posted on 4/2012 By:
Australia’s pioneering dISEMBOWELMENT is still spoken of in hushed and reverent tones for a simple reason: The band’s sole album, 1993’s Transcendence into the Peripheral, is an unmatched clinic in woozily beautiful primordial doom/death metal. The fact that the band so swiftly dissolved back into whatever fell landscape had birthed it only added to the album’s mystique and canonical stature. (As an aside, two of dISEMBOWELMENT’s members formed a tribal/ambient/folk project called Trial of the Bow, whose Relapse-issued album Rite of Passage is excellent, and forms a somewhat similar relationship to dISEMBOWELMENT as some of the early, non-album-synching Tribes Of Neurot efforts do to Neurosis.)
By 1993, of course, dirge-frotteurs and seekers of head-crushing caveman-doom had already been subjected to important salvos from Paradise Lost, Winter, Cathedral, and so forth, but dISEMBOWELMENT’s Transcendence preceded major statements from Thergothon, Esoteric, Skepticism, Evoken, Morgion, and all the rest of the soon-to-be-hallowed pantheon of worse living through bummed-out riffs. Still, the intervening years (almost two decades now) have seen a fecund blossoming of depraved doom-fiends traipsing down the desolate paths first haltingly laid down by these seriously Down-Underers. With Inverloch, then, the new project from dISEMBOWELMENT’s bassist Matt Skarajew and drummer Paul Mazziota, the twin weights of expectation and competition hang heavy and loom large. Thankfully, the band largely sidesteps any such concerns by pealing out three tunes of rich but ragged malevolence in such self-assured fashion that the soul rests easy; the legacy is safe.
After a few minutes of slowly building atmospheric plunking, “Within Frozen Beauty” kicks in at a surprisingly full gale force of flurried blast beats and unexpectedly agile death metal fret-jumping. The production is live and rough, particularly on the drums, which suits the material wonderfully and aids in making the mental link all the way back to Transcendence. The frantic tom-tom rolls that crop up in “Shadows of the Flame” sound dry and rubbery enough that they wouldn’t feel out of place on the latest Revenge album.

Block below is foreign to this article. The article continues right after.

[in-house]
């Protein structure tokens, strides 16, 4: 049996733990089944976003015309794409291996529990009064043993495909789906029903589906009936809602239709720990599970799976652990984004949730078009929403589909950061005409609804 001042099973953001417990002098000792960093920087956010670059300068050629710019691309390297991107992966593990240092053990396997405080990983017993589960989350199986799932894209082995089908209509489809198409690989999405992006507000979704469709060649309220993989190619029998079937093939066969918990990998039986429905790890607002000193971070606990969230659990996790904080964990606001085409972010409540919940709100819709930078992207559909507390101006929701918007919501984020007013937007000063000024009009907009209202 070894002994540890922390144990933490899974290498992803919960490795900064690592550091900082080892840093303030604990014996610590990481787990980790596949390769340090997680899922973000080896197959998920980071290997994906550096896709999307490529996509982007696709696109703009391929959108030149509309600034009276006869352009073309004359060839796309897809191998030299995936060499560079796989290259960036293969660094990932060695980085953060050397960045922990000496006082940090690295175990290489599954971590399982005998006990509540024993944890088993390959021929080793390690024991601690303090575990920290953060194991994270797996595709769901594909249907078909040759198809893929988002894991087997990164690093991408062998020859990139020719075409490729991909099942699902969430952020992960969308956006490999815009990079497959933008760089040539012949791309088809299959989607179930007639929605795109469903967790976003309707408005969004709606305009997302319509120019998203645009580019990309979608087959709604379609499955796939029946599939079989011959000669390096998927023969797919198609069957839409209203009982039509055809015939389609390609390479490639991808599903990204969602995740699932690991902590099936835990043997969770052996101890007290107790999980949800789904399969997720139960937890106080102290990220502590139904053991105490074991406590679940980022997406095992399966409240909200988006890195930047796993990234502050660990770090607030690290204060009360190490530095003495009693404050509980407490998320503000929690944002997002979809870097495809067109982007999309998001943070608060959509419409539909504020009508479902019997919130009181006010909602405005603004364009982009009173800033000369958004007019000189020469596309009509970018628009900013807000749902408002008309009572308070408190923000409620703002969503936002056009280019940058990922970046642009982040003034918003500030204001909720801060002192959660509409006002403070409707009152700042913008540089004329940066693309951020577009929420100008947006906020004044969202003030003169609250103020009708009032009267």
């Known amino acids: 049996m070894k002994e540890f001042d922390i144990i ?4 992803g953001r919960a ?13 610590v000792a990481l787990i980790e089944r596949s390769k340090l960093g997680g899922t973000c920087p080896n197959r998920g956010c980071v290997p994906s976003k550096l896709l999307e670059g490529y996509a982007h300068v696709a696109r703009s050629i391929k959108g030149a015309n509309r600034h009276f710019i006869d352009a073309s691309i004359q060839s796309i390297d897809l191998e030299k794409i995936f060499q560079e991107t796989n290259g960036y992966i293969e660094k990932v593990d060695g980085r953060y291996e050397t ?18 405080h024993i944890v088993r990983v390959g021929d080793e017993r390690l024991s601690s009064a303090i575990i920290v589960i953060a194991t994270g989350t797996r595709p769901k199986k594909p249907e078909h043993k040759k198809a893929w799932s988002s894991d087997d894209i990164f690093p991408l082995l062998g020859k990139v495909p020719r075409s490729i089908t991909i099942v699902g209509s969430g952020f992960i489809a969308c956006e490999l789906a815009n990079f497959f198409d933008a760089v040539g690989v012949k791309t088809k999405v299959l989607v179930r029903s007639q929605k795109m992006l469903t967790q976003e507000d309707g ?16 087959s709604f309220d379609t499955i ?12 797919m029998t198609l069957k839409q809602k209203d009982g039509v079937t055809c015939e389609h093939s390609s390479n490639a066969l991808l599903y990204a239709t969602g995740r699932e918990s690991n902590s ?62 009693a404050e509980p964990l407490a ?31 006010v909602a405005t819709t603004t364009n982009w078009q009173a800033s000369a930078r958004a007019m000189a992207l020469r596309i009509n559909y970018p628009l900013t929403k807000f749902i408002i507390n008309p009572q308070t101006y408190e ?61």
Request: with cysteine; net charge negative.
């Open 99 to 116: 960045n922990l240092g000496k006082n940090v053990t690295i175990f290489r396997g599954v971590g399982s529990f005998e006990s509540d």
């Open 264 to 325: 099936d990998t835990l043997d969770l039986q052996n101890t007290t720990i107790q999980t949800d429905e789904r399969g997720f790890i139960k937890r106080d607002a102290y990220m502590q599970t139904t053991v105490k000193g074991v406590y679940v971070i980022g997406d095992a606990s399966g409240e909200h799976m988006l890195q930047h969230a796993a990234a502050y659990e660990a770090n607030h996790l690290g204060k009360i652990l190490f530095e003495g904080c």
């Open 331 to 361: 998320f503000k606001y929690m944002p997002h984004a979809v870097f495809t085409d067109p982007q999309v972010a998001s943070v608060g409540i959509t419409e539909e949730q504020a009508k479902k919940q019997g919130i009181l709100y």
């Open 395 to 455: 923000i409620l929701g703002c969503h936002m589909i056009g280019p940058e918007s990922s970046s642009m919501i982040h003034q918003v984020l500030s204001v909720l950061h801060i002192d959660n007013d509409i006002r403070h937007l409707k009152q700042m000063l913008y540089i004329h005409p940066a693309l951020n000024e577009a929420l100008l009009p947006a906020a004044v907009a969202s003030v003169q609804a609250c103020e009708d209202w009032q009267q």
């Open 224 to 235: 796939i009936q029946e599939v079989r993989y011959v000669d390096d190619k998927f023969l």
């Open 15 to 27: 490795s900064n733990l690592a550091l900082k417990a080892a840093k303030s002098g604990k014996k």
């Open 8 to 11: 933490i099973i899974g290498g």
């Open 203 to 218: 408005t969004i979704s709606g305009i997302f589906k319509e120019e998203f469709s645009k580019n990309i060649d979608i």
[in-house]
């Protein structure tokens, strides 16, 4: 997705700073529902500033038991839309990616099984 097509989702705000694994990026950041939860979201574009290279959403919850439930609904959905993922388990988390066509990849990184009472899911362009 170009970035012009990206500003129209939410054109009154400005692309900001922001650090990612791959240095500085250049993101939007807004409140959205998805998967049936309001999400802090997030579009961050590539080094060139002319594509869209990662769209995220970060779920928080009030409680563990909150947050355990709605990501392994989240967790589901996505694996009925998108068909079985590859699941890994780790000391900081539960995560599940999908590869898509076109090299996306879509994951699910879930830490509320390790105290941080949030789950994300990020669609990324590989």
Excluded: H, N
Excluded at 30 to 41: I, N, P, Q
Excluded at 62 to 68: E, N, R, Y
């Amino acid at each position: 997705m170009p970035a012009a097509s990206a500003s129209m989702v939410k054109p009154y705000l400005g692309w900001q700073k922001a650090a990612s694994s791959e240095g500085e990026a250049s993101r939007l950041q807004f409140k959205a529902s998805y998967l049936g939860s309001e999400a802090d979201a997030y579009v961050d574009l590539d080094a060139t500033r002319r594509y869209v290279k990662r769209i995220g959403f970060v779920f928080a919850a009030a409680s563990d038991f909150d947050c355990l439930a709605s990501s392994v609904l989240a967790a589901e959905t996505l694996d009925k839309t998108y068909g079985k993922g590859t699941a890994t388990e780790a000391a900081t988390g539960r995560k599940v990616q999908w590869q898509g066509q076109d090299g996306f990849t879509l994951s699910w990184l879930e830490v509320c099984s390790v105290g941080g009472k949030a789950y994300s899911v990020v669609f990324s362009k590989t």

The overall textural palette feels deeper and more seamless with Inverloch than it ever did for dISEMBOWELMENT, where the crippling dirges were savage blasts of sheet metal rain against which the atmospheric and melodic accoutrements felt alien and alienating rather than soothing (this, of course, was a major charm of dISEMBOWELMENT’s fumbling - if foundational - steps headlong into a sub-genre with few clearly-formed blueprints). It’s difficult to tell if the smoothing out of those harsh disconnections from the dISEMBOWELMENT playbook is more a product of intentional songwriting/production technique or the simple fact that so much time has elapsed in the evolution of extreme music, but when the result is this dense and darkly driven, it’s easy to forget the question and drone out to the door of dream’s kingdom.
“The Menin Road” slips most comfortably into the funeral doom/death sweet spot, with morosely plucked clean arpeggios refracting through a single-mindedly slothful death march. The pitiless crunch and stomp gets even heavier around the 4:30 mark with the addition of extra string layers, increasingly flailing vocals, and some dangerously hard-struck drums. Still, album closer “Shadows of the Flame” is probably the best song on here, as it encapsulates the full breadth of Inverloch’s stylistic tricks, from murky but spry head-down death-riffing, to drippingly deep dark ambiance, to great suspension bridges of open reverberation and sparsely deliberate doom downbeats.
My few complaints are mostly minor. The most persistent is that the ambient atmospheric bits that open and segue between each song are mastered at a significantly lower volume than the metallic bits they bookend. One assumes it’s done intentionally so that if the listener wants to hear the droney sections with anything approaching clarity, she must also steel herself to be blasted straight to hell by suboceanic eruptions, which is all well and good, but the contrast is a little exaggerated. Beyond that, it does feel a little odd to settle down with this style of music for a mere twenty-odd minutes, but that means that Dusk...Subside never once overstays its welcome, and leaves the long-suffering dISEMBOWELMENT fan both partially sated and yet slavering for more. As far as sitting a question such as “Legacy?” down in a chair and matter-of-factly delivering a “Fuck you and then some” kiss-off, it doesn’t get much better than that. dISEMBOWELMENT is dead; long live Inverloch.
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